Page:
Figure 5. Backward Direction, Interruption, Insertion of Meander

From there the original course is resumed. Still in a backward direction, the pathway fills the rest of segment 2 and segment 1 and finally turns from the 2nd to the 1st circuit (fig. 6).

Figure 6. Backward Direction, Resumption of Special Course

From here now it continues again in forward direction and takes it’s course through all segments until it reaches the opposite side of the main axis. In passing, it fills the inner space it had left over on its course in backward direction in segments 3 and 4 (fig. 7).

Figure 7. Forward Direction Through all Segments

From there it reaches the center after having filled the space left over in segment 5 (fig. 8).

Figure 8. Completion, Reaching the Center

This course of the pathway, like in some sector labyrinths, results in symmetric pairs of nested turns of the pathway at each side-arm. Unlike in sector labyrinths, however, the pathway does not complete one sector after another, but traverses through all sectors in each direction. First in forward direction on the innermost circuit, then in backward direction modulating through circuits 6 to 2, and finally again in forward direction on circuits 1, 4, and 5.

Related Posts:

  1. Sigmund Gossembrot / 1
  2. The Labyrinth by Al Qazvini

Read Full Post »

Find our Typology Confirmed

In chapter 3 of his book, Herman Wind (see below: Literature 1) aims at introducing a new categorization of labyrinths. For this purpose he has used images of labyrinths primarily from Kern (Literature 2) and also from some other sources. Wind has abstracted the sequences of circuits from the ground plans of the individual labyrinths. In the labyrinth library, table 3.2.1 A-F on pages 73-78 of his book, entries of 235 labyrinths can be found. Each line represents one labyrinth with a reference to figure, location, date when recorded and sequence of circuits. Labyrinths with the same sequences of circuits were arranged subsequently. By this, Wind has attributed similar labyrinths to the same groups, divergent labyrinths to different groups and thus created a typology. However, he does not term his groups „types“ but „families“ instead. These families have not been given different names and are also not always clearly distinguished one from another. Therefore in the labyrinth library, the reader himself must draw parentheses around the lines with the same sequences of numbers in order to identify the families.

In the book, five examples of the use of the labyrinth library are presented. Let us have a look at the first example (p. 81). This shows examples of labyrinths that were attributed to the same family as the labyrinth of Ravenna.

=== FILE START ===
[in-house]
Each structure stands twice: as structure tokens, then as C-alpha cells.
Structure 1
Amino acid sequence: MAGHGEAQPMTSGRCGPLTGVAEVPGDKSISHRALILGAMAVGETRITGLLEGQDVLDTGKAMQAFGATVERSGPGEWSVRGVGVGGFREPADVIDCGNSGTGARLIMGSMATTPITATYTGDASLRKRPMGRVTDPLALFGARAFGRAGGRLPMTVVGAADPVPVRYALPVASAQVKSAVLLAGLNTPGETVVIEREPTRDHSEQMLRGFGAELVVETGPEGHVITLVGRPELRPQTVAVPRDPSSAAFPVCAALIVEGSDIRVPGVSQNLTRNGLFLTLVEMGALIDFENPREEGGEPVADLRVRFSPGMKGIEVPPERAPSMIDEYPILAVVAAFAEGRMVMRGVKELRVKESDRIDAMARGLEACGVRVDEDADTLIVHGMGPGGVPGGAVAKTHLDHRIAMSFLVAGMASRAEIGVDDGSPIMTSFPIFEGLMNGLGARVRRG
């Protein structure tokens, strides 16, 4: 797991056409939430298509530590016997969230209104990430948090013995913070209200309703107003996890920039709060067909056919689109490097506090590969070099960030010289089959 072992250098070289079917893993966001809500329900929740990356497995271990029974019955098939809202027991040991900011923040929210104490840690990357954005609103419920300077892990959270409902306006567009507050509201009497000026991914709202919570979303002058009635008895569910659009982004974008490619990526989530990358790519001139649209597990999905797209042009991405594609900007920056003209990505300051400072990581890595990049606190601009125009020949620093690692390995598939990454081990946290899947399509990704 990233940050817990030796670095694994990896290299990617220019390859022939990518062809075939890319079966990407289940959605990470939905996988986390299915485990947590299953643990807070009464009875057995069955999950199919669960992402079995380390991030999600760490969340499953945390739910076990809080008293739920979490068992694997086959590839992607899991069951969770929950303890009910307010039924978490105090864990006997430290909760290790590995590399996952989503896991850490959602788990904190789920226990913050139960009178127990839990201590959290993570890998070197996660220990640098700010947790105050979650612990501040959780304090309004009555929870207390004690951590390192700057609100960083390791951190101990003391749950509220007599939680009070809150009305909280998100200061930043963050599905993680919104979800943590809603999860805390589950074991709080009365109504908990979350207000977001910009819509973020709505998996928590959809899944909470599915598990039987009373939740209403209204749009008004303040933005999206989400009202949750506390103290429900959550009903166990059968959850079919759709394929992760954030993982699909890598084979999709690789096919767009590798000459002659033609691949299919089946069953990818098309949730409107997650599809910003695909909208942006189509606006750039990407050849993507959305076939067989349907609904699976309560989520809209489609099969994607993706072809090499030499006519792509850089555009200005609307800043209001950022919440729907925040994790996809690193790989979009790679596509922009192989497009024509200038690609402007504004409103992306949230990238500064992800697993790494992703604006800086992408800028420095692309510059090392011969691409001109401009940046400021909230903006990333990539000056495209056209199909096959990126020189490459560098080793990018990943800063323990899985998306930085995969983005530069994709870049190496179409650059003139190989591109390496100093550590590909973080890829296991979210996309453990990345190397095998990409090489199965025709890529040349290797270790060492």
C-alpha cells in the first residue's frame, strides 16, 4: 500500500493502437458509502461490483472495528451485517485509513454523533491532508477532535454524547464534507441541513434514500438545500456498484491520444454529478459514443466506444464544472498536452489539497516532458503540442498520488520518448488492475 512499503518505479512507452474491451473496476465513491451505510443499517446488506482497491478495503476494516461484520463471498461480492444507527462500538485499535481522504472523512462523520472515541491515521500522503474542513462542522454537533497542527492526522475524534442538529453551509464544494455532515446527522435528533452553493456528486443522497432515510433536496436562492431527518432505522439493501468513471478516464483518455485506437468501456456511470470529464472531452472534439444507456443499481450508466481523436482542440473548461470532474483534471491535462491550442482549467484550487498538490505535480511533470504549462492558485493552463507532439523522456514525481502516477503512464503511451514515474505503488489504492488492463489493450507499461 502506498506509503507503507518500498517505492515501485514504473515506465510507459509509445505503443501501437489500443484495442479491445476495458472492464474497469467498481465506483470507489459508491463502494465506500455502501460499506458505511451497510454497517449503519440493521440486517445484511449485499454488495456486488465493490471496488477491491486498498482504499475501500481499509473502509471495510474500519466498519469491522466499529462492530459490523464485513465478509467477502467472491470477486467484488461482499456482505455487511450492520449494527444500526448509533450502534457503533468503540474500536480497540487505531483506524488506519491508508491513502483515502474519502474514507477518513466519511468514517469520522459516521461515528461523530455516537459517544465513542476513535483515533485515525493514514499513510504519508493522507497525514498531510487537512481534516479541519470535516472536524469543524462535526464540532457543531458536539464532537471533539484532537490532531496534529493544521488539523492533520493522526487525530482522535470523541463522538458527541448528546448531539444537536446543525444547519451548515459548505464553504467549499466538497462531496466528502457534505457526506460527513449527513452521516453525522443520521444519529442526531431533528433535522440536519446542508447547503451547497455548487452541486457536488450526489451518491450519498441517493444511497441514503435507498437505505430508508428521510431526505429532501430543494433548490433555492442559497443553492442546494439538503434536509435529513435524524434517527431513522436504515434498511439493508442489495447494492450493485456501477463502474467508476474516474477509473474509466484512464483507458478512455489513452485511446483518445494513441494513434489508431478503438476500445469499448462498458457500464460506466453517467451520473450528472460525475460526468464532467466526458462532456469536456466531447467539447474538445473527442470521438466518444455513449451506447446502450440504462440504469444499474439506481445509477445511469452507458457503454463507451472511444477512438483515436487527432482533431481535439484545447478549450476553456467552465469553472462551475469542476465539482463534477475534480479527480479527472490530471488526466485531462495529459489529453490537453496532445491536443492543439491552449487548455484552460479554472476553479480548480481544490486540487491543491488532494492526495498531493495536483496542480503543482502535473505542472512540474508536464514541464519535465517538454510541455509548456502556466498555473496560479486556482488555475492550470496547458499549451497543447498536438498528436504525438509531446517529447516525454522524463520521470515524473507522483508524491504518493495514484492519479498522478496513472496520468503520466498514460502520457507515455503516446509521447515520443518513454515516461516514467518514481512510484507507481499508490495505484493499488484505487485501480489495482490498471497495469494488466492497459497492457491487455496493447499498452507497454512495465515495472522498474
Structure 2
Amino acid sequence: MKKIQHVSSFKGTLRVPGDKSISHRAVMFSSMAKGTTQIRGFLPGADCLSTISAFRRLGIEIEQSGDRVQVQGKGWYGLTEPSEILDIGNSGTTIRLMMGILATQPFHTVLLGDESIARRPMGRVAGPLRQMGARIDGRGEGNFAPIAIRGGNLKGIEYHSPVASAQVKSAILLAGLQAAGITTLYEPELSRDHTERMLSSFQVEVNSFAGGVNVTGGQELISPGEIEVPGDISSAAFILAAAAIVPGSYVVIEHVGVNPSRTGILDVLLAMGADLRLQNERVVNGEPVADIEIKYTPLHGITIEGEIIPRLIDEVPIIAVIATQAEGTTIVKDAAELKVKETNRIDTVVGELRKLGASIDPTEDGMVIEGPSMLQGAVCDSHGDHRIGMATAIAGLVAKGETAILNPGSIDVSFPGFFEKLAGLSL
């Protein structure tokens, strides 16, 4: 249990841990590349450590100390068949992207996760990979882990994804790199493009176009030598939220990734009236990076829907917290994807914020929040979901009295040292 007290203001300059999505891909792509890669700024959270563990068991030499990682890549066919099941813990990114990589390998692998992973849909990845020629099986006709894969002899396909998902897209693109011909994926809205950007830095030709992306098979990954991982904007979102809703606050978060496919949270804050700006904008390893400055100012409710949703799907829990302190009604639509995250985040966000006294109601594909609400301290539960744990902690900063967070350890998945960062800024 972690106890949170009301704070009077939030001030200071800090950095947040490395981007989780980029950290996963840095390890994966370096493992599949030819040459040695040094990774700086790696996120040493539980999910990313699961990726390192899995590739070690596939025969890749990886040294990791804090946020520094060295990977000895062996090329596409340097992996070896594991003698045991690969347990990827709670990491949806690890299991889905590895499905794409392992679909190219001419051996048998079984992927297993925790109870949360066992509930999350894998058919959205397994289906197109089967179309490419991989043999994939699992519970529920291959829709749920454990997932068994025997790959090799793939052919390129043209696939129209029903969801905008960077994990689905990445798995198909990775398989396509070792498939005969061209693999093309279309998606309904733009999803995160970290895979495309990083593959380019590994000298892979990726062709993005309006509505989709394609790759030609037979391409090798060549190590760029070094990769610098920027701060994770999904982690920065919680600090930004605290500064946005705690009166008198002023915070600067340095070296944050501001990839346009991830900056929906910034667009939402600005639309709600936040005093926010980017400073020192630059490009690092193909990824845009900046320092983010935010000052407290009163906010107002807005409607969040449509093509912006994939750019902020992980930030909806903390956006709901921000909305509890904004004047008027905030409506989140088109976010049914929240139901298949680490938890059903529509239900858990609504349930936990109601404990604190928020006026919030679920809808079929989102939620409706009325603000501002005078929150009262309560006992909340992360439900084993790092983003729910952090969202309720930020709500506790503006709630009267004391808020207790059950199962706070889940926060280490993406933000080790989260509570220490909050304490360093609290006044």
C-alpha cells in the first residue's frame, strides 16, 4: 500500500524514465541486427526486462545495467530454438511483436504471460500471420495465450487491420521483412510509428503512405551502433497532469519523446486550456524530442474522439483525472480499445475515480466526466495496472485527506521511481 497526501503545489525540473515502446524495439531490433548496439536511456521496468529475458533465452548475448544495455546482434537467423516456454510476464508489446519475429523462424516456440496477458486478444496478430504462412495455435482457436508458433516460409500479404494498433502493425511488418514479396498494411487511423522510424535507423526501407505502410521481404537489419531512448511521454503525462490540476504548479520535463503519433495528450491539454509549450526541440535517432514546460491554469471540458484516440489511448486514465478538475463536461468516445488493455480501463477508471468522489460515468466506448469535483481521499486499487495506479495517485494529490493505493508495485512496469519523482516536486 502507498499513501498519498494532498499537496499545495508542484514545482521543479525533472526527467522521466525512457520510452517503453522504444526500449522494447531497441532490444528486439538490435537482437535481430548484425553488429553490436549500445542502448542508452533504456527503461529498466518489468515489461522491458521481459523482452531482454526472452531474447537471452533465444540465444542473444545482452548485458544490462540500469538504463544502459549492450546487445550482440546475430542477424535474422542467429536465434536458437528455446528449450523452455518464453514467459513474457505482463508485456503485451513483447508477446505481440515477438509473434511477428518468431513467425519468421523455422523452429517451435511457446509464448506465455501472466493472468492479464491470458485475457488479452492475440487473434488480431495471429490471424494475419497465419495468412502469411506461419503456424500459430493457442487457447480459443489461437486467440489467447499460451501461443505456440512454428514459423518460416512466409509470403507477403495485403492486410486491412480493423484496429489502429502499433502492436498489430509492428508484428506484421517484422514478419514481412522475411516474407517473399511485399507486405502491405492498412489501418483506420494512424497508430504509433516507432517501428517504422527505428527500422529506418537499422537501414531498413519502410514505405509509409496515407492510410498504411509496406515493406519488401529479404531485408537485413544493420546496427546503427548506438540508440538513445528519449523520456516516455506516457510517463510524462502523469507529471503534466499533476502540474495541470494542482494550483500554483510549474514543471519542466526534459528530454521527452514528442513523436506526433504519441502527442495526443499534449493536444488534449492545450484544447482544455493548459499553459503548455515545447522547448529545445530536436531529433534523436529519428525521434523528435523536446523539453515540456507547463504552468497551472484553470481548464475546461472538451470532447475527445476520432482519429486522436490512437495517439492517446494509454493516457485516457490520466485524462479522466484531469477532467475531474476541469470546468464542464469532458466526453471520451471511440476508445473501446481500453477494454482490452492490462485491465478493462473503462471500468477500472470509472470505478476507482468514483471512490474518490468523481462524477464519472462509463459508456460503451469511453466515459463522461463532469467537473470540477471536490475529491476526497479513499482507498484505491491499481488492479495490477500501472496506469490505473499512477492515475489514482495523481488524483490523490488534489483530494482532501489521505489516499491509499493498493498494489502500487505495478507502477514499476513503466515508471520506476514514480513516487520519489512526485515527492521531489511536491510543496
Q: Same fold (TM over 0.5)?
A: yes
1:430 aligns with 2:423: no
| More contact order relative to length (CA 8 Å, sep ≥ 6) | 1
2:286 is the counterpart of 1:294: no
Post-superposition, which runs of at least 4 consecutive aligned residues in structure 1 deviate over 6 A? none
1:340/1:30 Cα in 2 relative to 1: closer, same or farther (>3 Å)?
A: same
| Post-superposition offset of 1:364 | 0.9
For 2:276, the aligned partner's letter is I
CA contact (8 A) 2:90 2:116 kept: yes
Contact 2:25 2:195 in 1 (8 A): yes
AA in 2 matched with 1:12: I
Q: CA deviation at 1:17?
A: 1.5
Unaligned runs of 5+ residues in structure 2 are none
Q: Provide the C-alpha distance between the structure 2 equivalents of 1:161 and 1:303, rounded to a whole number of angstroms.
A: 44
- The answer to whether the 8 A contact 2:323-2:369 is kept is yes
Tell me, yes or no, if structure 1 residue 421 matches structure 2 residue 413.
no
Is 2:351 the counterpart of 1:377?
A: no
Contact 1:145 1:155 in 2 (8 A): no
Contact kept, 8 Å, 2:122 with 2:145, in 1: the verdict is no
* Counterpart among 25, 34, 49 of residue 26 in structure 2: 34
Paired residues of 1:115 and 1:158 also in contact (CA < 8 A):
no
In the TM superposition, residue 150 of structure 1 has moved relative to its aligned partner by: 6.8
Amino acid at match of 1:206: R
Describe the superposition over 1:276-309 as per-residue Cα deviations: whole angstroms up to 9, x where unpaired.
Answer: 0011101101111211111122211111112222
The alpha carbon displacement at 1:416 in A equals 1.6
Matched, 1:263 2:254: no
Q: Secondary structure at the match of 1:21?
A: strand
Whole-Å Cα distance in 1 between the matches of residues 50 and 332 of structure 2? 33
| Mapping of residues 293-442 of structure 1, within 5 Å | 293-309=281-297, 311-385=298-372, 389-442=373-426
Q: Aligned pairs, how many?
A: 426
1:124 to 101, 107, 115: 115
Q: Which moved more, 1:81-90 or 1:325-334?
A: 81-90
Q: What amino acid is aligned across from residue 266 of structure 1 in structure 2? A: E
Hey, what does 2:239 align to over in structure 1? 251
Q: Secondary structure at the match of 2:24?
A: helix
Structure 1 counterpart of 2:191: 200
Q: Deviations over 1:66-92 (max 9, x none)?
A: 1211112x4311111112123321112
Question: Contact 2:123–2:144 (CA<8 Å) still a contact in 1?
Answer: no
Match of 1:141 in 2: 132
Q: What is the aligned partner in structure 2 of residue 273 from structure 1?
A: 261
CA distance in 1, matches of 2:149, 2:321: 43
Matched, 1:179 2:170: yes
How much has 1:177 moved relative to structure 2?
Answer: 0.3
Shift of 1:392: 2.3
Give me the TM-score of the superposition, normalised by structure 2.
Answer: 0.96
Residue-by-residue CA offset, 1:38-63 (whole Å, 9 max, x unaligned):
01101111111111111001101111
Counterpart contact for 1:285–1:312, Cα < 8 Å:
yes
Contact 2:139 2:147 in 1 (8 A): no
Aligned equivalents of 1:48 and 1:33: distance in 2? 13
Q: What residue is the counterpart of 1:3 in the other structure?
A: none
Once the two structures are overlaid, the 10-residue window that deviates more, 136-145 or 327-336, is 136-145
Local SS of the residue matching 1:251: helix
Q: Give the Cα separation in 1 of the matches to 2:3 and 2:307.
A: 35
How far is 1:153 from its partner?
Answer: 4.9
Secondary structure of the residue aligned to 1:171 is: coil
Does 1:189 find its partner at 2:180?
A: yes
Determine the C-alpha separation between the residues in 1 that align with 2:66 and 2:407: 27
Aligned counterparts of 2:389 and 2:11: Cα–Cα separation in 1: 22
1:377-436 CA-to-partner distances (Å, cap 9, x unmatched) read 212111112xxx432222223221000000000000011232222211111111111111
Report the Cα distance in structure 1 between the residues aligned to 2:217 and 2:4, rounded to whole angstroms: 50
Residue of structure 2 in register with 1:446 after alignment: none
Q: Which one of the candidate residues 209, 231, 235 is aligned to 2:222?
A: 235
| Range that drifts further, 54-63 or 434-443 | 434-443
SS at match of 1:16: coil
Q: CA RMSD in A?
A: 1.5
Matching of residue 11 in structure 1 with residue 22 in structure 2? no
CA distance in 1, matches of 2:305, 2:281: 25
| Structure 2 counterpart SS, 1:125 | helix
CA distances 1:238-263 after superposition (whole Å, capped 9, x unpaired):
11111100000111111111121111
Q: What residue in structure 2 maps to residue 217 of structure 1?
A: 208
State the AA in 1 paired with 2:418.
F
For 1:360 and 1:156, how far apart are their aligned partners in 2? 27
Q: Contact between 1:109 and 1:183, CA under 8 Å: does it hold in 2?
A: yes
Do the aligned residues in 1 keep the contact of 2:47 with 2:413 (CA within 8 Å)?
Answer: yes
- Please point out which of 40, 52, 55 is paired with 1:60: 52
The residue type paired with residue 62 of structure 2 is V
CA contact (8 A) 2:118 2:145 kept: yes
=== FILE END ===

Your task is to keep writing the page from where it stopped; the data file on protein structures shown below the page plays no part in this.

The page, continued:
Figure 1. Labyrinths Attributed to the Same Family as Ravenna

Examples A „Filarete“, C „Ravenna“, and F l(eft) „Watts 7 circuits“ all have the same sequence of circuits. Example B „Hill“ was equally attributed to this family, even though it is completely different. It can be seen at first sight, that this labyrinth does not belong to this family. This is a faulty drawing of a labyrinth of the Saffron Walden type. It seems, there has been some mistake in the attribution of the labyrinth in the labyrinth library. Interestingly, neither the author nor the editor have noticed this. Although they have noticed the difference in the much more resembling example F r(ight) „Watts 11 circuits“, but only stated a certain similarity with the family of Ravenna. This is just what can be seen in a direct comparison of both images F l and F r.

The way Wind uses the sequence of circuits causes two problems:

First: This sequence of circuits is unique only in alternating one-arm labyrinths. If we consider also non-alternating labyrinths, examples with different courses of the pathway may have the same sequence of circuits (fig. 2).

Figure 2. Labyrinths with the Sequence of Circuits 7 4 5 6 1 2 3 0

So, Wind attributes the two non-alternating labyrinths (a) St. Gallen and (b) Syrian Grammar to the same family. This is correct. Should he find an alternating labyrinth of the shape (c), however, he would have to attribute this to the same family, although it has a clearly different course of the pathway. This because it’s sequence of circuits is 7 4 5 6 1 2 3 0, just the same as in examples (a) and (b). (For other examples with ambiguous sequences of circuits see related posts 1, 2).

Second: Wind’s sequences of circuits for the labyrinths with multiple arms are incomplete. They only indicate which circuits are covered at all but provide no information on how long the respective pieces of the pathway are. Such sequences of circuits are not even unique in alternating labyrinths. As Jacques Hébert explains, the sequence of circuits in labyrinths with multiple arms must take into account the division into segments and the resulting variation in length of path segments (Literature 3). This can be done in different ways.

Figure 3. Sequences of Circuits of the Wayland’s House Labyrinth

Figure 3 shows one of the possibilities using a pure sequence of numbers with the example of the Wayland’s House 1 labyrinth. The sequence of circuits of this labyrinth according to Wind (lower row W:) has 21 numbers. If we consider also the length of the path segments following Hébert (upper row H:) the sequence has 30 numbers. From Wind’s sequence of circuits the labyrinth cannot be restored without an image of it or only after multiple attempts. From Hébert’s sequence of circuits it can be restored without difficulty.

That there may exist alternating labyrinths with different courses of the pathway for the same incomplete sequence of circuits is shown in fig. 4.

Figure 4. Labyrinths with Different Courses of the Path and the Same Incomplete Sequence of Circuits